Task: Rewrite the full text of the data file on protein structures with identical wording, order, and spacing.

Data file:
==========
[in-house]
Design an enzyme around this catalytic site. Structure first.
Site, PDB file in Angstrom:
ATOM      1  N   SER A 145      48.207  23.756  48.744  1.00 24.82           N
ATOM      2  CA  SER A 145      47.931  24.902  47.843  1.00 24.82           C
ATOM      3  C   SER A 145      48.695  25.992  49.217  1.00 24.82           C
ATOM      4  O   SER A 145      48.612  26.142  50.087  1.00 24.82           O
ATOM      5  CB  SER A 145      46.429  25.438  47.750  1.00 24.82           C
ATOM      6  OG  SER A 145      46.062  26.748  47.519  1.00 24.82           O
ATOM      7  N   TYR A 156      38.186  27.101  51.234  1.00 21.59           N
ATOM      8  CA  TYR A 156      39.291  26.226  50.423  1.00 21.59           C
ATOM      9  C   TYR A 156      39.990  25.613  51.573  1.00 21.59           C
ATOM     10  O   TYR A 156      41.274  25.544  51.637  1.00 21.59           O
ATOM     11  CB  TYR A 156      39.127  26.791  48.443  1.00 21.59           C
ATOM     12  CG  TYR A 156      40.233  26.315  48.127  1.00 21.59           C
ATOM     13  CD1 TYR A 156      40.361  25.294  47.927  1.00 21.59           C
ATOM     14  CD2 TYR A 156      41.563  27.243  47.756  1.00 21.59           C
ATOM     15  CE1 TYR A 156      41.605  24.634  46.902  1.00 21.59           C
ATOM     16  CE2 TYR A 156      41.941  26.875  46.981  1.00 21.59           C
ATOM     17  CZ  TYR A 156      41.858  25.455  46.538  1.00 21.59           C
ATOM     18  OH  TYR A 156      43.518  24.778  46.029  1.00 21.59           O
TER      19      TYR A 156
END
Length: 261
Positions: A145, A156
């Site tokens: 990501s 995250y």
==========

[in-house]
Design an enzyme around this catalytic site. Structure first.
Site, PDB file in Angstrom:
ATOM      1  N   SER A 145      48.207  23.756  48.744  1.00 24.82           N
ATOM      2  CA  SER A 145      47.931  24.902  47.843  1.00 24.82           C
ATOM      3  C   SER A 145      48.695  25.992  49.217  1.00 24.82           C
ATOM      4  O   SER A 145      48.612  26.142  50.087  1.00 24.82           O
ATOM      5  CB  SER A 145      46.429  25.438  47.750  1.00 24.82           C
ATOM      6  OG  SER A 145      46.062  26.748  47.519  1.00 24.82           O
ATOM      7  N   TYR A 156      38.186  27.101  51.234  1.00 21.59           N
ATOM      8  CA  TYR A 156      39.291  26.226  50.423  1.00 21.59           C
ATOM      9  C   TYR A 156      39.990  25.613  51.573  1.00 21.59           C
ATOM     10  O   TYR A 156      41.274  25.544  51.637  1.00 21.59           O
ATOM     11  CB  TYR A 156      39.127  26.791  48.443  1.00 21.59           C
ATOM     12  CG  TYR A 156      40.233  26.315  48.127  1.00 21.59           C
ATOM     13  CD1 TYR A 156      40.361  25.294  47.927  1.00 21.59           C
ATOM     14  CD2 TYR A 156      41.563  27.243  47.756  1.00 21.59           C
ATOM     15  CE1 TYR A 156      41.605  24.634  46.902  1.00 21.59           C
ATOM     16  CE2 TYR A 156      41.941  26.875  46.981  1.00 21.59           C
ATOM     17  CZ  TYR A 156      41.858  25.455  46.538  1.00 21.59           C
ATOM     18  OH  TYR A 156      43.518  24.778  46.029  1.00 21.59           O
TER      19      TYR A 156
END
Length: 261
Positions: A145, A156
């Site tokens: 990501s 995250y």